Flying with someone who bought the seat he is on; is exactly what I expected it to be
September 1st, 2017
The Eid-Al-Adha is the bigger of the two holiday seasons in the Muslim world, it marks the beginning of the end of the Hajj -Pilgrimage- ritual and the holiday season. It also celebrates the Abrahamic tradition of sacrifice where God ordered Abraham -Ibrahim in the Muslim vernacular- to sacrifice his son but then that was replaced with a goat.
Just like Santas and Elves -or Elfs- in the western culture celebrates the Christmas season, sheep in all shapes and forms fill the malls, airports and public spaces in this holiday season. Flying in Eid is just like flying in the holiday season anywhere in the world, congested skies, overflowing tarmacs, piled-up passengers, delays worth thousands of minutes.
This is just the time to be doing a red-eye with a rookie in an airport undergoing renovations. We landed in Kuwait International, my counterpart in the cockpit is a P2F. That made me anxious, but I set my mind to give him a fair chance. On the way to Kuwait, he showed symptoms of the shortcut pilot – pilots who take shortcuts around procedures. One of mentors once told me: “There are no shortcuts in aviation, our manuals were written in blood.” I made sure he heard it from me, I still don’t think it registered. P2Fs -or Pay-2-Fly- pilots, are the worst breed of pilots. In my mind, they rank well below paper-pushers and the shortcut pilots. They have a sense of entitlement that the machine doesn’t like, the machine makes sure to tell you when she doesn’t like you. Though you have to listen to the machine really well to hear it.
Pay-2-Fly is not a misnomer, although airlines call it “self-sponsored line training.” P2F is a growing trend in the industry, we ask pilots to cough up thousands and thousands of dollars -or Euros or whatever- to pay for time spent in line training. Some continue in that airline, others join outfits like ours.
What is wrong with that, you ask? Well, if having someone who bought his way to one of the most regulated jobs in the world isn’t scary enough, then continue to read.
There was a time when the economics of flying were straight forward. You got your license, via working for it or having a military experience, no matter. Then you got interviewed, tested, grilled and the best made it to the seats of the airlines, were the real money was to be had.
The trend now is, you got your license by buying hours in flight schools, like I did, then you pay to register for a controversial P2F program. This will qualify you in an airplane where you get “rated,” which in turn qualifies you to become an airline pilot. Notice that I skipped the part about interviews and tests; the airlines did that, not me. I also skipped the part about the real money, because why would an airline pay you to fly, if you are paying them to fly.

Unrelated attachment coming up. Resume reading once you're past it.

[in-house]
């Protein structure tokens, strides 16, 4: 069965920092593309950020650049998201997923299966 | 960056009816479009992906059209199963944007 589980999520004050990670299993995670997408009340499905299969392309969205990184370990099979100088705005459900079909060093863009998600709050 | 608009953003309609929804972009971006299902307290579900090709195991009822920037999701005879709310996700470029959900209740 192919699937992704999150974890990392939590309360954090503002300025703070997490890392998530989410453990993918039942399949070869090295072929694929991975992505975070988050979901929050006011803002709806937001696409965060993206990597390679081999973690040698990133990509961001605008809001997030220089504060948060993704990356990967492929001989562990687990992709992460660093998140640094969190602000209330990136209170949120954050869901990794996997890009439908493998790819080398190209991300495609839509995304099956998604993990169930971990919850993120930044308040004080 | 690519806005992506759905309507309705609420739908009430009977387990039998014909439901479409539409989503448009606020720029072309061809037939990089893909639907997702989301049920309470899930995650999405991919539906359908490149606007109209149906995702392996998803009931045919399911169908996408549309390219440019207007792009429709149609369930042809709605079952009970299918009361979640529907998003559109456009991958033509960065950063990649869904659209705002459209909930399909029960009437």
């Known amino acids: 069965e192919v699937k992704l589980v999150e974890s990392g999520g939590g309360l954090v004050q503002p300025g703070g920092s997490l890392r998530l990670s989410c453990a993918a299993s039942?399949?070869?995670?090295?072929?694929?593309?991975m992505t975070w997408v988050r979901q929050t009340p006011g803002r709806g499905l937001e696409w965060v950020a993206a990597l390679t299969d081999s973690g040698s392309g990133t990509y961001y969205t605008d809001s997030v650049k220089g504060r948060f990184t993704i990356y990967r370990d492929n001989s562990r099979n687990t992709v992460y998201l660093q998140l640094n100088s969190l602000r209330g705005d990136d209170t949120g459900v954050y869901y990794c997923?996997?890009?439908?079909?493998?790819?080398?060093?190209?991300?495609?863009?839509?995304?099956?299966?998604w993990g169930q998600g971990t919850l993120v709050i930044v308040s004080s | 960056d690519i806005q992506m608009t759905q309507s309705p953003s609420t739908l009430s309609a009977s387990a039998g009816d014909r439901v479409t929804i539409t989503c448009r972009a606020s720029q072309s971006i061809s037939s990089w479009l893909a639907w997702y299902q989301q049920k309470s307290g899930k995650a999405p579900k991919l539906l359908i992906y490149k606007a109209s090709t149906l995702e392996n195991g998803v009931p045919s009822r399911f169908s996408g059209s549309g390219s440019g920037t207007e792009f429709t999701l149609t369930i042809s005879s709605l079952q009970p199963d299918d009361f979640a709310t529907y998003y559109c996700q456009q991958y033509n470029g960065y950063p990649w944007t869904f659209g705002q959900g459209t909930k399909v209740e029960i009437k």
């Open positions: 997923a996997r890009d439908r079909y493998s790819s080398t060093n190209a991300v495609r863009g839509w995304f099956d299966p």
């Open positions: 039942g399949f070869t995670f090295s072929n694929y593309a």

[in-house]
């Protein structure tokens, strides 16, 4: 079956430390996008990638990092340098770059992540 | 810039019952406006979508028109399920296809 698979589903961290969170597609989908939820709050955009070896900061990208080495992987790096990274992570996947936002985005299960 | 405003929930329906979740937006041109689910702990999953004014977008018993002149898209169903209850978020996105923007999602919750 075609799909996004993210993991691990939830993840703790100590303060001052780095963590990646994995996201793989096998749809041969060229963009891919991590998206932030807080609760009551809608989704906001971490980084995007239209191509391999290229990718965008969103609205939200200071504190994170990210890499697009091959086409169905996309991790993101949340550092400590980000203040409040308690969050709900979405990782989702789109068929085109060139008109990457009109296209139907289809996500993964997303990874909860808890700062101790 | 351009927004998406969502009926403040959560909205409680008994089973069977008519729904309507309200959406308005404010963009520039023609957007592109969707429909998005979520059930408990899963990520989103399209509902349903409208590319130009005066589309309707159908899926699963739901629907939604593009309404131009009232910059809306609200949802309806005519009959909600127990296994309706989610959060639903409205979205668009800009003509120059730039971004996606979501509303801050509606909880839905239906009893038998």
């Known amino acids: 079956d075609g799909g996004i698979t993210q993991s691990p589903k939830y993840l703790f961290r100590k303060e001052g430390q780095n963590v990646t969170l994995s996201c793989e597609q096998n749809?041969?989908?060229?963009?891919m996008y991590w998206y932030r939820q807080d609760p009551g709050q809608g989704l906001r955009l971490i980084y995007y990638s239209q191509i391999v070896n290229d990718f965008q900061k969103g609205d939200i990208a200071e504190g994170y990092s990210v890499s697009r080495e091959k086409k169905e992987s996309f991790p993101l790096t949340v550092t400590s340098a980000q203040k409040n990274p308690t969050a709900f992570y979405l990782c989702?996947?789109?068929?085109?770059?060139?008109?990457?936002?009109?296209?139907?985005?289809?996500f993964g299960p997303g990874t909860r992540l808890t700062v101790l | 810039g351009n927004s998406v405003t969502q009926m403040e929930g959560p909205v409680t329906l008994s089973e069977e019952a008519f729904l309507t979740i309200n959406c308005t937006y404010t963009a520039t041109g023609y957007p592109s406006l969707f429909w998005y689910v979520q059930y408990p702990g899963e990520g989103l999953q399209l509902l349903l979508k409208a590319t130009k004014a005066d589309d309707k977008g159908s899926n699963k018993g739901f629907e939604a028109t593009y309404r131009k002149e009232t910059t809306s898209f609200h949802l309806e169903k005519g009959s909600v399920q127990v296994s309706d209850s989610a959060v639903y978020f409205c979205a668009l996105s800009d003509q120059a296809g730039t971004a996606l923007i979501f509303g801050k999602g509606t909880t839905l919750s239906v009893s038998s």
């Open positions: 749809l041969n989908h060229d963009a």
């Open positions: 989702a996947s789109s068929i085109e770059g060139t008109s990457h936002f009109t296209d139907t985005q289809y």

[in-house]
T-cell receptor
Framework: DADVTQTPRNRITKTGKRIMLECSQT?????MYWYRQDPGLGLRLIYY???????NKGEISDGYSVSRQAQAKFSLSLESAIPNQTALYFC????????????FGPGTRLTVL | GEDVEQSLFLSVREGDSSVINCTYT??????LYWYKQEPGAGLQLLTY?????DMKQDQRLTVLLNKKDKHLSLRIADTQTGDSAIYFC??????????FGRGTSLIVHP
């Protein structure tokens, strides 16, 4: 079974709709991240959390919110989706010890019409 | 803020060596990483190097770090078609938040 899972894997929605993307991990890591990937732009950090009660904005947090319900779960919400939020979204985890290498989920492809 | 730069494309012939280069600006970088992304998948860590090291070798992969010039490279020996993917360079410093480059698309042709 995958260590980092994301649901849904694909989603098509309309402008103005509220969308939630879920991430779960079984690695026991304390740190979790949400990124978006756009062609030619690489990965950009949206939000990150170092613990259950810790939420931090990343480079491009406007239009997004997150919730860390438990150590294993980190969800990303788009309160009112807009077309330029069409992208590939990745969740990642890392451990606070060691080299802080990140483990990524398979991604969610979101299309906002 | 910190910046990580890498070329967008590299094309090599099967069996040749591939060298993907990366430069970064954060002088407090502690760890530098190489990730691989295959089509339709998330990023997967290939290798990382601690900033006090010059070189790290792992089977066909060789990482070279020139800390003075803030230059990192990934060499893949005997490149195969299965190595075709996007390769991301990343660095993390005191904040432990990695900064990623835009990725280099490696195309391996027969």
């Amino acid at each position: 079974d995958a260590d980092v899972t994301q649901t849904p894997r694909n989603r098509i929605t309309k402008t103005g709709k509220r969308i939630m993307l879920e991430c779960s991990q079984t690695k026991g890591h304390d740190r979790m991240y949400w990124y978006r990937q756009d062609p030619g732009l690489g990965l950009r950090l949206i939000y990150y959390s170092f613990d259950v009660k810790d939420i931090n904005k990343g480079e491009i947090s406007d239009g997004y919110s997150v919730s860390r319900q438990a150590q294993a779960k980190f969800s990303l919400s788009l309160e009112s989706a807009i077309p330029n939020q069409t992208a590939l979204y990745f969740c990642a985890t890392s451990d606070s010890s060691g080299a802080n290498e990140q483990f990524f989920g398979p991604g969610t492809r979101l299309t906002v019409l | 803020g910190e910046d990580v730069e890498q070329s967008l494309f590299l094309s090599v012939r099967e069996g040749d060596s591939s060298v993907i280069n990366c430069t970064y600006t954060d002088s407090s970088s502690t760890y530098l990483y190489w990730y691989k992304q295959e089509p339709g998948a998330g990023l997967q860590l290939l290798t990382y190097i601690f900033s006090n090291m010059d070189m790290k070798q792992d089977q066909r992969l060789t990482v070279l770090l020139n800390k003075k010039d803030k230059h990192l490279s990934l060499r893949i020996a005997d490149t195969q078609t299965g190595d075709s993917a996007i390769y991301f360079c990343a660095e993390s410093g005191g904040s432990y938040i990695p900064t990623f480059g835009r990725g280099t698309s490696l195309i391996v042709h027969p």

Instead of looking at the other side of the cockpit and thinking: “S/he made it because s/he deserved it;” I now think: “S/he made it because his/her family is rich.” Not a very nice feeling, but I tried to overcome that and give him the benefit of the doubt tonight. I flew out of my base and into Kuwait, I struck up a couple of topics to encourage him to open up, comraderie has a good place in the cockpit. His life experience seemed to have revolved around hitting on cabin crew and drinking his liver to oblivion. Youth is truly wasted on the young.
In Kuwait, he offered to do a coffee run, I needed it. I offered to prep the aircraft and have it ready if he got me my fix of caffeine. 20 minutes later he was back, more importantly, I smelled the aroma of wake-me-up.
“You wouldn’t happen to know why they call it Arabica?” I asked, in a hope to get a new repertoire going before I fell asleep. “They call what Arabica? Do you mean Arabia?” If he didn’t know the basics of coffee, I must sound like a bore to him. “Forget it, did you get a chance to see the new SOP revision?”
He missed an exit in Kuwait and attempted to look like he knew where he was going until I had to stop him and do a 180 that barely fit on a taxiway.
“Let’s call a spade a spade.” I told him at the end of the flight, he was clearly in a need of a wake-up call and not the type you get from a cup of Java. “In order to continue to flying and make living in this line of work, you have got to respect the cockpit. You are free to be careless in your car, but please take the cockpit more seriously or you will get yourself in trouble, if not worse”
It didn’t register anymore than my previous comments. “I was just tired from all the Eid stuff going on,” he dismissed. I am sure I won’t see him anytime soon. For the better, I say, I need my counterpart to cover my bases.
The P2F trend has to stop, but it won’t until someone is hurt, by then it will be too late!